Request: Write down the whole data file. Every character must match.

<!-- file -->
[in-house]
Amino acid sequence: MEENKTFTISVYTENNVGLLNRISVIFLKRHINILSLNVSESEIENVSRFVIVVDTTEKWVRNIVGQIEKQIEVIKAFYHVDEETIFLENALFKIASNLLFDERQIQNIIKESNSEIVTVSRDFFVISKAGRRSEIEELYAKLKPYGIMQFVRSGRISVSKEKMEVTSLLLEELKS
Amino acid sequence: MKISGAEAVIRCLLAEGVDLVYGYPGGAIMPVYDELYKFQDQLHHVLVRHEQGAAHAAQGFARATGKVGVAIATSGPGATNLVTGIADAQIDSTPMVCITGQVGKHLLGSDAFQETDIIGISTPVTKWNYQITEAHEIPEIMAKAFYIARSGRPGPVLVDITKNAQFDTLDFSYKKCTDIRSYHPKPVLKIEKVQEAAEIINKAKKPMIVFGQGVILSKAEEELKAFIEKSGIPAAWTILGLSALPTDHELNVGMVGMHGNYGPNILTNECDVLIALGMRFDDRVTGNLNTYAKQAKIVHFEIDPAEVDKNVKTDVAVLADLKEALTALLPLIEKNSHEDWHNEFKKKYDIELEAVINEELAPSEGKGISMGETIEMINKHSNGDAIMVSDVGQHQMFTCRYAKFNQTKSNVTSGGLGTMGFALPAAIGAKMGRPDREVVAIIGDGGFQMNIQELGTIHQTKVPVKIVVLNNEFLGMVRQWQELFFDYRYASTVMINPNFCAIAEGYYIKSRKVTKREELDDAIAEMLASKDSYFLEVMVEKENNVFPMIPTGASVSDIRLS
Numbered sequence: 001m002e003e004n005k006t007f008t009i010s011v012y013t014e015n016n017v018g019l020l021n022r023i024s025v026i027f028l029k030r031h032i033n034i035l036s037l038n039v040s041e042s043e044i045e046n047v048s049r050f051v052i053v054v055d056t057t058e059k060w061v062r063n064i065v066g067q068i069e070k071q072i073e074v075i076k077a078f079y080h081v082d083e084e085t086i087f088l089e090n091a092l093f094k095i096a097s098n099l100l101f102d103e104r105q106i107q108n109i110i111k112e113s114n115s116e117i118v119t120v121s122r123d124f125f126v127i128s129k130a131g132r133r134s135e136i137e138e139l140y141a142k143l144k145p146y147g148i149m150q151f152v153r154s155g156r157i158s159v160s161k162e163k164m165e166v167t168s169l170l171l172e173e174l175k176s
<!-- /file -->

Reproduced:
[in-house]
Amino acid sequence: MEENKTFTISVYTENNVGLLNRISVIFLKRHINILSLNVSESEIENVSRFVIVVDTTEKWVRNIVGQIEKQIEVIKAFYHVDEETIFLENALFKIASNLLFDERQIQNIIKESNSEIVTVSRDFFVISKAGRRSEIEELYAKLKPYGIMQFVRSGRISVSKEKMEVTSLLLEELKS
Amino acid sequence: MKISGAEAVIRCLLAEGVDLVYGYPGGAIMPVYDELYKFQDQLHHVLVRHEQGAAHAAQGFARATGKVGVAIATSGPGATNLVTGIADAQIDSTPMVCITGQVGKHLLGSDAFQETDIIGISTPVTKWNYQITEAHEIPEIMAKAFYIARSGRPGPVLVDITKNAQFDTLDFSYKKCTDIRSYHPKPVLKIEKVQEAAEIINKAKKPMIVFGQGVILSKAEEELKAFIEKSGIPAAWTILGLSALPTDHELNVGMVGMHGNYGPNILTNECDVLIALGMRFDDRVTGNLNTYAKQAKIVHFEIDPAEVDKNVKTDVAVLADLKEALTALLPLIEKNSHEDWHNEFKKKYDIELEAVINEELAPSEGKGISMGETIEMINKHSNGDAIMVSDVGQHQMFTCRYAKFNQTKSNVTSGGLGTMGFALPAAIGAKMGRPDREVVAIIGDGGFQMNIQELGTIHQTKVPVKIVVLNNEFLGMVRQWQELFFDYRYASTVMINPNFCAIAEGYYIKSRKVTKREELDDAIAEMLASKDSYFLEVMVEKENNVFPMIPTGASVSDIRLS
Numbered sequence: 001m002e003e004n005k006t007f008t009i010s011v012y013t014e015n016n017v018g019l020l021n022r023i024s025v026i027f028l029k030r031h032i033n034i035l036s037l038n039v040s041e042s043e044i045e046n047v048s049r050f051v052i053v054v055d056t057t058e059k060w061v062r063n064i065v066g067q068i069e070k071q072i073e074v075i076k077a078f079y080h081v082d083e084e085t086i087f088l089e090n091a092l093f094k095i096a097s098n099l100l101f102d103e104r105q106i107q108n109i110i111k112e113s114n115s116e117i118v119t120v121s122r123d124f125f126v127i128s129k130a131g132r133r134s135e136i137e138e139l140y141a142k143l144k145p146y147g148i149m150q151f152v153r154s155g156r157i158s159v160s161k162e163k164m165e166v167t168s169l170l171l172e173e174l175k176s